News Regulations15 Mar 2018

Indonesia:Financial Sector Assessment Programme outlines gaps in insurance supervision

| 15 Mar 2018

A Financial Sector Assessment Programme carried out under the IMF has identified a significant number of shortfalls in the OJK's observance with the Insurance Core Principles.

Some deficiencies are due to the lack of effective group regulation and supervision of insurance groups. While OJK has implemented regulations related with risk management and group capital, intra-group transactions are not well taken into account and thus double gearing within the insurance entities and investment arbitrage between insurance entities and non-financial entities may be possible. Including a capital calculation for catastrophic risk and a framework for the imposition of capital add-ons can tighten the capital regime.

The Indonesian insurance sector is still vulnerable to a number of material risks. A number of insurers have failed in the last 10 years. After its establishment, OJK has taken prompt action in order to reduce the loss to policyholders by taking strong actions againt four insurers with material deficits. OJK has monitored the capital adequacy of insurers through its risk based supervision scheme.

The Indonesian insurance industry is exposed to significant catastrophic risk with domestic concentrations through mandatory reinsurance programmes. The low interest rate environment in advanced economies is also affecting the life insurance sector, as insurers have some underwriting denominated in the US dollar.

Conflict of goals

The FSAP mission identified that the laws need to be amended to enhance the clarity of legal protection and the primary objective of the supervisor. ICP requires that primary objective of supervisors should be the protection of policyholders. However, OJK has other objectives and particularly the objective of market development seems to have caused conflict with the objective of policyholder protection. Setting the protection of policyholders as the primary objective of OJK will enhance the operational independence of OJK.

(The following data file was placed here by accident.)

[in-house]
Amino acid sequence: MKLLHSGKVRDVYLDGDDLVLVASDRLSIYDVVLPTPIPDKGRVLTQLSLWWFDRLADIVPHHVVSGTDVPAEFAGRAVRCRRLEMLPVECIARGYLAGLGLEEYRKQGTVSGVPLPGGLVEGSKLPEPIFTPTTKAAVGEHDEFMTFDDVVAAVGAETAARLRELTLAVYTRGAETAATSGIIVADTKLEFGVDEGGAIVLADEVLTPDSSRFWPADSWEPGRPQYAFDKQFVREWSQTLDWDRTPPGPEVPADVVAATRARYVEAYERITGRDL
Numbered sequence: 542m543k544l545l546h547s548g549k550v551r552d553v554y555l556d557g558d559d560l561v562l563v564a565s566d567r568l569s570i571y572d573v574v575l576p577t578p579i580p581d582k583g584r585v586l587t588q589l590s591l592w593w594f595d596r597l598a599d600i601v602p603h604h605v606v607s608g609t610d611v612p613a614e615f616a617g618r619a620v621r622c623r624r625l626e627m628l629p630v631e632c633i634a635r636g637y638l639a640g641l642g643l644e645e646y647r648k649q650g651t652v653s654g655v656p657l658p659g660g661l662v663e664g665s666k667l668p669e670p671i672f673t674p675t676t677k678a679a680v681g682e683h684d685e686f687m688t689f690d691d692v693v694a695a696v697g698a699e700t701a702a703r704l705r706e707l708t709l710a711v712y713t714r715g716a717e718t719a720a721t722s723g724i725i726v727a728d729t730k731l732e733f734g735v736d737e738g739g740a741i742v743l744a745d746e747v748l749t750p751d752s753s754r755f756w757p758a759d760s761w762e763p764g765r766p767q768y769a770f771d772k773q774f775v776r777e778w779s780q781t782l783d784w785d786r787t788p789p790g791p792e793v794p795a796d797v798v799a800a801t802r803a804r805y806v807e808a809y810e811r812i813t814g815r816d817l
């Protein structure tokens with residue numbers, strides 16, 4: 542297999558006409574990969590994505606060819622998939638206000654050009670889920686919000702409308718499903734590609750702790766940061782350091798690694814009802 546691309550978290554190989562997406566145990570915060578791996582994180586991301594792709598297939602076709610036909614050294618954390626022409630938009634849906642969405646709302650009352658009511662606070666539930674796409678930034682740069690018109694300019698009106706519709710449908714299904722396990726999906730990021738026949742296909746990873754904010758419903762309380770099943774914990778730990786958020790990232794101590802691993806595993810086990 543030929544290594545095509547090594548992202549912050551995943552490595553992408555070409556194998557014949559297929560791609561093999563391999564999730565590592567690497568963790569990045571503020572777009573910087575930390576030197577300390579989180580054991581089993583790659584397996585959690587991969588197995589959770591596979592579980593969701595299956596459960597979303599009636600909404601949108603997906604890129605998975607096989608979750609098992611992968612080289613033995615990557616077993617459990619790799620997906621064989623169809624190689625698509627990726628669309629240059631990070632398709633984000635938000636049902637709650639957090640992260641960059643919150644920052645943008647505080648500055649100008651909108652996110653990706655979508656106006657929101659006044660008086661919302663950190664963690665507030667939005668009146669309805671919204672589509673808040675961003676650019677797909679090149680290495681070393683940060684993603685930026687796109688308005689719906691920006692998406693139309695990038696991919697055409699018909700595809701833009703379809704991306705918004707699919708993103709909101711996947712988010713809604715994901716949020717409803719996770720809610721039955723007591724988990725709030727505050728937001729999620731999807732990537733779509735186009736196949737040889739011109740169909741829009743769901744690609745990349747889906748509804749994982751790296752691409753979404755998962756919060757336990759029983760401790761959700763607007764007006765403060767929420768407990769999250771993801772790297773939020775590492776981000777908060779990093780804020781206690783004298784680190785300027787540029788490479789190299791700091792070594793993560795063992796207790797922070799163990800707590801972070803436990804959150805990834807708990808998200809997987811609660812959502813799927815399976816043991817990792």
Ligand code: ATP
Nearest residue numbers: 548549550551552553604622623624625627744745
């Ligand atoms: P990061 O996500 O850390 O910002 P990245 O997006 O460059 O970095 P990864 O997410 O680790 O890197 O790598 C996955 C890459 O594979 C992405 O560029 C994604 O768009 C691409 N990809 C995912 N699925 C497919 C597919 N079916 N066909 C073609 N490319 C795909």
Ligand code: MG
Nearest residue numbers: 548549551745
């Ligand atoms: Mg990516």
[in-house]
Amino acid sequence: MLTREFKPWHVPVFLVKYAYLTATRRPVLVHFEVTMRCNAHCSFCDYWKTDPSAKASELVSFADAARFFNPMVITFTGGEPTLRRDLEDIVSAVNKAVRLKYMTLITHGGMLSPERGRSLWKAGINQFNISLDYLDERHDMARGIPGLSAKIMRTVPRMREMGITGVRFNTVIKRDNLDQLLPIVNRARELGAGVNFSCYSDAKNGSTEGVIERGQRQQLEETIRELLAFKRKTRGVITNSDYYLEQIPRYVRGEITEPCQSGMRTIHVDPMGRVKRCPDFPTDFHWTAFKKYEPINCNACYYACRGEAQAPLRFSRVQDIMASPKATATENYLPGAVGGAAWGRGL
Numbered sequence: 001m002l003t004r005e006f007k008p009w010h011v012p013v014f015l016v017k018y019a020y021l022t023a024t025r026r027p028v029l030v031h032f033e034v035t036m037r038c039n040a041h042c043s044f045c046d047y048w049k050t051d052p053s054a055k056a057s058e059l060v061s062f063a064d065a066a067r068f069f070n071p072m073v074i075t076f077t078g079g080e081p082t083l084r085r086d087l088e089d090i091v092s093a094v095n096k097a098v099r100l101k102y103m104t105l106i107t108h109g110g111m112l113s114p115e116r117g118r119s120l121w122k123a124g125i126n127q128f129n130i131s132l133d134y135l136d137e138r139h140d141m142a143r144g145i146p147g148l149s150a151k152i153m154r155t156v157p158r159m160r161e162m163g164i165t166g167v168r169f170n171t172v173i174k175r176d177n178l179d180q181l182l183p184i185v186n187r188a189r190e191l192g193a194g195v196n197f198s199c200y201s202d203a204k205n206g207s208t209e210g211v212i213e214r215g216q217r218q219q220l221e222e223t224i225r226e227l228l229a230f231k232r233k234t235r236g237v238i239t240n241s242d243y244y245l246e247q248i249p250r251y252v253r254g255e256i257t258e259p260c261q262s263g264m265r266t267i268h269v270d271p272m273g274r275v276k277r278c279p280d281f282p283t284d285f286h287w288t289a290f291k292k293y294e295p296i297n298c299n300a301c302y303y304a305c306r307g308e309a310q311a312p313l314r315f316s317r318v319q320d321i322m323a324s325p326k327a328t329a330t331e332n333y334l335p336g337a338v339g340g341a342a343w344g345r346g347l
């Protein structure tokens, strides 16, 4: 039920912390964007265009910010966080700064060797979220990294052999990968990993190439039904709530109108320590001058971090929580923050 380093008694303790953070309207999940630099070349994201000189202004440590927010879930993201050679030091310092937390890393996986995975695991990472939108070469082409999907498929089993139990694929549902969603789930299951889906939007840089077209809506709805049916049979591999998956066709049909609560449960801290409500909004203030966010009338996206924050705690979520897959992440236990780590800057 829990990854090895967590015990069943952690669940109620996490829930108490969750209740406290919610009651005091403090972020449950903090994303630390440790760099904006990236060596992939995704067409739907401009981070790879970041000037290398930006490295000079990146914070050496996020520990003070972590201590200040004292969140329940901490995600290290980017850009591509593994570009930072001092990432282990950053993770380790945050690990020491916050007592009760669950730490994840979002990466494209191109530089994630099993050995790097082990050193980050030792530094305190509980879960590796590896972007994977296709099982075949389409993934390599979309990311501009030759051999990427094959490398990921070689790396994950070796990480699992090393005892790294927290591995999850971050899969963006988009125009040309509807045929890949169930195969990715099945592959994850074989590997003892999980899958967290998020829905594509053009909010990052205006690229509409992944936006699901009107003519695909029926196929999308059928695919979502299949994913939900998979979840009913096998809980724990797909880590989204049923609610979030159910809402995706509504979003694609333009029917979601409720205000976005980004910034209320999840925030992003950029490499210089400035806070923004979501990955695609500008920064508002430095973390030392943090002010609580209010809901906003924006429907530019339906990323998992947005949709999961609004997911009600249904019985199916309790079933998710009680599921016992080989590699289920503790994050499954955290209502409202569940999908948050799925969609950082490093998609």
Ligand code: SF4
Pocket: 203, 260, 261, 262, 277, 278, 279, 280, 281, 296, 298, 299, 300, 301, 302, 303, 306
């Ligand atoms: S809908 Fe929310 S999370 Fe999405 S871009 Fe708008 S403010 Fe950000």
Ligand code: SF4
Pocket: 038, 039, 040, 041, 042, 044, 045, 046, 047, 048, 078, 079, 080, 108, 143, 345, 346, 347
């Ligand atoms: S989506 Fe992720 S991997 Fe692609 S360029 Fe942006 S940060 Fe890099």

The law also needs to provide clear and robust legal protection of OJK and its staff acting in good faith. Improvement of legal protection of OJK with clearer internal guidance for applying sanctions will help it to take more prompt and effective regulatory actions to problem insurers.

The mission recommends that OJK improve the effectiveness of supervision. Thematic reviews of reserving practices will encourage more conservative reserving. Close dialogue with the industry and clearer guidance on adequacy, independence and reporting lines of key control functions will improve the effectiveness of corporate governance and risk management of insurance groups significantly. OJK is encouraged to increase the expertise of its human resources, in particular, actuaries, and facilitate communication with industry participants which will assist the industry and OJK itself to transition smoothly from a compliance based culture to more risk based supervision.

OJK also needs to revise the “three strikes” approach to ensure timely supervisory actions. Given the possible high interconnectedness and contagion risks through conglomerates and domestic reinsurance programs, the authorities are encouraged to enhance macroprudential surveillance by integrating conglomerate analysis to identify possible contagion among conglomerates and sectors. There is a need for more focus on the regulation of insurance intermediaries and market conduct. OJK has made tremendous efforts to ensure efficiency and fairness in claims payment and complaints handling, which will continue to be important especially in the non-life sector. However, the rapidly increasing life insurance sector and complex unit-linked products make conduct regulations even more important. Enhanced disclosure requirements for intermediaries and close coordination with the insurance associations will improve the quality of intermediaries.

This assessment of insurance regulation in Indonesia was carried out as part of the 2016-17 FSAP.

Nevertheless, on the whole, insurance regulation and supervision have been improved since the establishment of OJK and the enactment of the new Insurance Law. OJK was established in 2011 as an independent and integrated regulator. Since the new Insurance Law became effective in October 2014, OJK has made significant regulatory reforms, by issuing a number of new regulations, introducing risk based supervision through the active usage of its supervisory powers including revocation of licenses, and by enhanced regulations for corporate governance and risk management.

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